The Congolese giraffe has been hunted to the brink of extinction because of its high price
The Kordofan giraffe is teetering on the edge of extinction because its meat commands such a high price, according to conservationists.A single giraffe can produce up to 270 kilograms of meat, enough to feed an army of poachers for weeks, experts have said.The distinctive spotted skin is used for luxury goods and carries a high price tag in a country where per capita income is less than $230.
Aimé Balimbaki, the head of research and monitoring at Garamba National Park, says that just 34 adult giraffes survive split between two herds, with four young calves between them.He told the Times: “At the moment the ratio is one male to 2.4 females, which is still sustainable.”But if we have bad luck or if there is a serious menace – even if we lose just five giraffes – then the population may no longer be viable”.
A giraffe can produce up to 270 kilograms of meat, enough to feed an army of poachers for weeks
Just 34 adult giraffes survive split between two herds, with four young calves between them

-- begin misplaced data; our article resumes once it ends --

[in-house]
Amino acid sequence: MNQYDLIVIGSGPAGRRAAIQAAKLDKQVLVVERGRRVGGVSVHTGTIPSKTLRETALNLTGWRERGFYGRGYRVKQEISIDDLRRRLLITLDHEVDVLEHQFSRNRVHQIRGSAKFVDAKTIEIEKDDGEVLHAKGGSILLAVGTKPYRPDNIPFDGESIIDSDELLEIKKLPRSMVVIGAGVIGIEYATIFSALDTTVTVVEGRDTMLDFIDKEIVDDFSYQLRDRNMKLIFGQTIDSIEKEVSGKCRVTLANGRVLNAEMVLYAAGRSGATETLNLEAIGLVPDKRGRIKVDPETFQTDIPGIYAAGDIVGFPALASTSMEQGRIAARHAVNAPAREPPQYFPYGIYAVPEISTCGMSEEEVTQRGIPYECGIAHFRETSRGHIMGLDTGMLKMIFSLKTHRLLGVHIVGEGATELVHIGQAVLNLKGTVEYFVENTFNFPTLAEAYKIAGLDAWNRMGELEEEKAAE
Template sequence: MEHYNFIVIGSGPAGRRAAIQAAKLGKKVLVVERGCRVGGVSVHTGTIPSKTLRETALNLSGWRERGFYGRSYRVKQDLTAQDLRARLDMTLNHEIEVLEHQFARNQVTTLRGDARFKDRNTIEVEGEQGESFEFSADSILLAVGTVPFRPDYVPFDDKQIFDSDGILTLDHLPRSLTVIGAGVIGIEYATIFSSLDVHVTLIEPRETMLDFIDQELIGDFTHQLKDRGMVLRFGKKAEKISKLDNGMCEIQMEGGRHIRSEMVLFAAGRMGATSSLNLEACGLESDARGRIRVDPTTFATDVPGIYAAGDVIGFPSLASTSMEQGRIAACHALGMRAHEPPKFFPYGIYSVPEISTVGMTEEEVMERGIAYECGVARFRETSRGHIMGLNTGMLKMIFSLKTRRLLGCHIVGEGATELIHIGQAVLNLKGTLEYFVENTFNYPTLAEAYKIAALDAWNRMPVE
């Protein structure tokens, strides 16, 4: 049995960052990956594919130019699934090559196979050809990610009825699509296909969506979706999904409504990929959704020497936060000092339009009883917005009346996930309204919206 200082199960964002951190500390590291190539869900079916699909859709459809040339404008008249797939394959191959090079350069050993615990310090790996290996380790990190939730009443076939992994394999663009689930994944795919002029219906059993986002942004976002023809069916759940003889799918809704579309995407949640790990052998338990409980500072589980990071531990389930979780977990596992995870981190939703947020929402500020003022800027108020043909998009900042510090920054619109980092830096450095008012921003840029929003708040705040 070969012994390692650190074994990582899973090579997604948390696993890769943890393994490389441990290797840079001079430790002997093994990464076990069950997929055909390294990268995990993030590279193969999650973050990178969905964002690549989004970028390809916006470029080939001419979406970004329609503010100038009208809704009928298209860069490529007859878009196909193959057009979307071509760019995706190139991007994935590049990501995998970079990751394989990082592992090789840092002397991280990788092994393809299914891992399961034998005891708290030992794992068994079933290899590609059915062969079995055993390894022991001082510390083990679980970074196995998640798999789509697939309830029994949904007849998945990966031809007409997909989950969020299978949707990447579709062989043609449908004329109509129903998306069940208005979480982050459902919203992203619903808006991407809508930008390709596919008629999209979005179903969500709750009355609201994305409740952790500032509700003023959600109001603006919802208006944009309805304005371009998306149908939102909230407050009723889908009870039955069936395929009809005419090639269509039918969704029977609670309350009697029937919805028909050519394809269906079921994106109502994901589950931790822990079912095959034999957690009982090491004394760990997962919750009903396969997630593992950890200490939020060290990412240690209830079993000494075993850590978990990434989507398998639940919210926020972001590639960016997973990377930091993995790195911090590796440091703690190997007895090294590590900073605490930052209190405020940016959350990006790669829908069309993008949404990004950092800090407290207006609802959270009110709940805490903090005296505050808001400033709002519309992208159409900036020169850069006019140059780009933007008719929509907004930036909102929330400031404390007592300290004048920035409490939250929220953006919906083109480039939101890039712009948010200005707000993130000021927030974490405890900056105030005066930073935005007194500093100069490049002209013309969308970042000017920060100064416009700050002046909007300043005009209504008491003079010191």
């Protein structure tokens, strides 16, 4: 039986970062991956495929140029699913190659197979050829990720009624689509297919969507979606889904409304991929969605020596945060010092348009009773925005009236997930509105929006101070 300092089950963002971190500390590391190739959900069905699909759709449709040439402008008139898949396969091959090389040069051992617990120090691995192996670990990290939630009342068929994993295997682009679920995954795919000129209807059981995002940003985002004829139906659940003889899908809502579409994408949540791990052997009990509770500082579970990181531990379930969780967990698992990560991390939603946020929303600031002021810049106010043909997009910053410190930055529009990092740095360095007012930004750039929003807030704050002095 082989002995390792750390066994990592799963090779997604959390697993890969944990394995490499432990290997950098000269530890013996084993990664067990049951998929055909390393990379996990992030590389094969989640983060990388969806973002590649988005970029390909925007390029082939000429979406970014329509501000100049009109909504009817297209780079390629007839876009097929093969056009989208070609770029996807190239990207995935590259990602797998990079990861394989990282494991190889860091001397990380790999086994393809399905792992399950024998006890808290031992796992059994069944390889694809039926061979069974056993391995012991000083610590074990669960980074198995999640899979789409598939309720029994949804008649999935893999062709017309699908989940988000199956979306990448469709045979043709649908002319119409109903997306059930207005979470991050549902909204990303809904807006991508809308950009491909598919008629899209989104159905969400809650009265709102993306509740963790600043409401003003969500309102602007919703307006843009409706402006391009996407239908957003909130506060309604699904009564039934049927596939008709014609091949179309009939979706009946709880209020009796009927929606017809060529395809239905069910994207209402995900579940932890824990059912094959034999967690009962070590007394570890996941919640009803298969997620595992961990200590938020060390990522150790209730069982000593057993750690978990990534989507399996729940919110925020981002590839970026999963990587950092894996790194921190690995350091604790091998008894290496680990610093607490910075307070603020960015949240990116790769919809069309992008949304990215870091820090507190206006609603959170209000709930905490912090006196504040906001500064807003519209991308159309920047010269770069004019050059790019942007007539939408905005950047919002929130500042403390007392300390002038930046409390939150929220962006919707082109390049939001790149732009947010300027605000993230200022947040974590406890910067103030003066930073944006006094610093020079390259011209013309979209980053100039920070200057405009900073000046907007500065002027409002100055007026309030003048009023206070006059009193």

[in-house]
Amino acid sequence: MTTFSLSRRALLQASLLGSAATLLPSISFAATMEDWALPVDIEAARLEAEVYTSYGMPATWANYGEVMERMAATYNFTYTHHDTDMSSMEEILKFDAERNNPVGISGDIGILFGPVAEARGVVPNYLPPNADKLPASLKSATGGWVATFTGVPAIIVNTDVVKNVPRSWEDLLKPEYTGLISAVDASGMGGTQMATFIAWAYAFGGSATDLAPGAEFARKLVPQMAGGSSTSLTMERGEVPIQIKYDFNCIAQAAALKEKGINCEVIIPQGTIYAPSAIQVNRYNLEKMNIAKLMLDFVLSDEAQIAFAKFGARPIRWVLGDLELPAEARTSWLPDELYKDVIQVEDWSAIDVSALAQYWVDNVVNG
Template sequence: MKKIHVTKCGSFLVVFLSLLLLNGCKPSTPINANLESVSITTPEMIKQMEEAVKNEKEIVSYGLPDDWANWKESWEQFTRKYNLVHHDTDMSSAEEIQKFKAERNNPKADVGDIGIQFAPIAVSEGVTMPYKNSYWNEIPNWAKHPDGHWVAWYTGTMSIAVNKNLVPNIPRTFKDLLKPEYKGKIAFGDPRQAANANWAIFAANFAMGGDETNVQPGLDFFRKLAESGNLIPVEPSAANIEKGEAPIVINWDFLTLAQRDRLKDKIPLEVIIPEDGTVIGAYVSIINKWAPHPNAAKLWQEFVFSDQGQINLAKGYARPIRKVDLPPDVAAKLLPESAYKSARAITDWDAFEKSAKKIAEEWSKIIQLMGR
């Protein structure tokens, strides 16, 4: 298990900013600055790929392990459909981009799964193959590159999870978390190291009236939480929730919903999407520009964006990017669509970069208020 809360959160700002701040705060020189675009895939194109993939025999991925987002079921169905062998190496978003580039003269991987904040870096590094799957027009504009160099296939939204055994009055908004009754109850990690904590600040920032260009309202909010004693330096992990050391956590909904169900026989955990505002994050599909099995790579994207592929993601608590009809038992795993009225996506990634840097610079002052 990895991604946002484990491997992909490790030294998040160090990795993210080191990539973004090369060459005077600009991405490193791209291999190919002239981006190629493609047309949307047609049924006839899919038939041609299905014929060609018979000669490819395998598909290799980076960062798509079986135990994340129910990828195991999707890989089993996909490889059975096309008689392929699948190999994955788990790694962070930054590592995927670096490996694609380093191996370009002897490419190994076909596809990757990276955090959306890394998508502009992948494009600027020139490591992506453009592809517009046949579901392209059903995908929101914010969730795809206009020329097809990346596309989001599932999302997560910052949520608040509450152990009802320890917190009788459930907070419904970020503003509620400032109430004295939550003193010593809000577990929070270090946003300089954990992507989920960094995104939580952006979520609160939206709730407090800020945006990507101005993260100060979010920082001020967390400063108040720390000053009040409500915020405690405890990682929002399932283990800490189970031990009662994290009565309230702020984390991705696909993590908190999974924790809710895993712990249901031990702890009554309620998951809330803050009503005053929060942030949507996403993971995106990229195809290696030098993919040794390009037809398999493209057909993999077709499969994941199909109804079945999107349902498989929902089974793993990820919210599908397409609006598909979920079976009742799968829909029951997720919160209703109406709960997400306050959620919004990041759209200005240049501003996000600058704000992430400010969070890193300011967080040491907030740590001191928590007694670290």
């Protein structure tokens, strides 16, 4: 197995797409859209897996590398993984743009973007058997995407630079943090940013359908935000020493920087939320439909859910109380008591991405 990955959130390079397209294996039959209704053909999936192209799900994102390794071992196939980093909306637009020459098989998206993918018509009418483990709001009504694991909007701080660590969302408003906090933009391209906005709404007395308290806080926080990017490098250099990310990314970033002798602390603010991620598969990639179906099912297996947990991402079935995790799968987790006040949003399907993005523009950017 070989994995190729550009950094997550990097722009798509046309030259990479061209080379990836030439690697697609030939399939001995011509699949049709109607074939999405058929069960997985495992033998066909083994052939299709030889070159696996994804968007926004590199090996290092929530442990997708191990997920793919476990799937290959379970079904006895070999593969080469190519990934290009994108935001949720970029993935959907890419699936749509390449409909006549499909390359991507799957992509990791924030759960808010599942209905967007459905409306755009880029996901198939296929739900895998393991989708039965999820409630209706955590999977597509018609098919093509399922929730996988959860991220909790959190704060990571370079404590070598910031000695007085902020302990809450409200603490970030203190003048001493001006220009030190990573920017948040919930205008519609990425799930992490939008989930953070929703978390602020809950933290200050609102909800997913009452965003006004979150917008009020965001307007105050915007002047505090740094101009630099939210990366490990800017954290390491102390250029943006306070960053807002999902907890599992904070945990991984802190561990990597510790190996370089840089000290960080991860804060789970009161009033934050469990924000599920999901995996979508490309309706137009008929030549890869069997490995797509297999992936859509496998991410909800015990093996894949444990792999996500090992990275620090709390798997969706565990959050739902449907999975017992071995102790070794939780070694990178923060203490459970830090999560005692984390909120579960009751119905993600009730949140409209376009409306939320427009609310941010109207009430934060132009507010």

Balimaki added that desperate refugees fleeing the bloody conflict in South Sudan often resorted to killing the giraffes for food.He said: “If more refugees arrive, or if there are political problems here and people come into the park to destroy the giraffe then we will lose them completely”.Park officials have warned that if they lose just five more giraffes, the population may no longer be sustainable on its own.
Noëlle Kümpel of the International Union for Conservation of Nature, said: “Giraffes – like elephants, rhinos, and the like –have been picked off by poachers to feed the illegal wildlife trade and impoverished local people.
At the same time, their habitat has been severely and, in many areas, irreparably degraded, leaving very few trees left to sustain even this small population of giraffe.”She said that the remaining giraffes – which live in two small herds – are forced to to travel “incredibly long distances” to find food.
African parks with assistance of the Giraffes Conservation Foundation have now fitted eight of the animals with GPS radio collars to keep track of their whereabouts.
The UK based Charity Spots and Stripes, are in contact with both African Parks and The Giraffe Foundation with the intention of assisting.
A spokeswoman said: “t is heartbreaking that this has not gained the media attention it so deserves. To have a population of only 38 Giraffe’s remaining in the Congo is a disaster for both the species and for conservation.”